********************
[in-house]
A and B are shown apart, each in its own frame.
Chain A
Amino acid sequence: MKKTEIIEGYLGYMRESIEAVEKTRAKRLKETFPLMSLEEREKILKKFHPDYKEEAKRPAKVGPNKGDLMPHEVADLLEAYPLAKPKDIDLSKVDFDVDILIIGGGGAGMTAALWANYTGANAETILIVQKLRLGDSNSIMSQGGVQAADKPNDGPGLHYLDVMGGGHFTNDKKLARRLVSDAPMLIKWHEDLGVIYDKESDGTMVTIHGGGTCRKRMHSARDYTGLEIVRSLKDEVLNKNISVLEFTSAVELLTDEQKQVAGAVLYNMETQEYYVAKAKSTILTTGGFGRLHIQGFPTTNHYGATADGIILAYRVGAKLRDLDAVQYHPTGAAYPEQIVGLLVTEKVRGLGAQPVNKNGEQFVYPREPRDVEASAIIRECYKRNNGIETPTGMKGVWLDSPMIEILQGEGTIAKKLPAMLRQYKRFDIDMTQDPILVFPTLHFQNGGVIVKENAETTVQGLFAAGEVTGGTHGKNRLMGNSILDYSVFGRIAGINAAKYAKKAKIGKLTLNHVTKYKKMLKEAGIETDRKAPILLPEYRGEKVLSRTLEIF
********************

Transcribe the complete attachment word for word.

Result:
[in-house]
A and B are shown apart, each in its own frame.
Chain A
Amino acid sequence: MKKTEIIEGYLGYMRESIEAVEKTRAKRLKETFPLMSLEEREKILKKFHPDYKEEAKRPAKVGPNKGDLMPHEVADLLEAYPLAKPKDIDLSKVDFDVDILIIGGGGAGMTAALWANYTGANAETILIVQKLRLGDSNSIMSQGGVQAADKPNDGPGLHYLDVMGGGHFTNDKKLARRLVSDAPMLIKWHEDLGVIYDKESDGTMVTIHGGGTCRKRMHSARDYTGLEIVRSLKDEVLNKNISVLEFTSAVELLTDEQKQVAGAVLYNMETQEYYVAKAKSTILTTGGFGRLHIQGFPTTNHYGATADGIILAYRVGAKLRDLDAVQYHPTGAAYPEQIVGLLVTEKVRGLGAQPVNKNGEQFVYPREPRDVEASAIIRECYKRNNGIETPTGMKGVWLDSPMIEILQGEGTIAKKLPAMLRQYKRFDIDMTQDPILVFPTLHFQNGGVIVKENAETTVQGLFAAGEVTGGTHGKNRLMGNSILDYSVFGRIAGINAAKYAKKAKIGKLTLNHVTKYKKMLKEAGIETDRKAPILLPEYRGEKVLSRTLEIF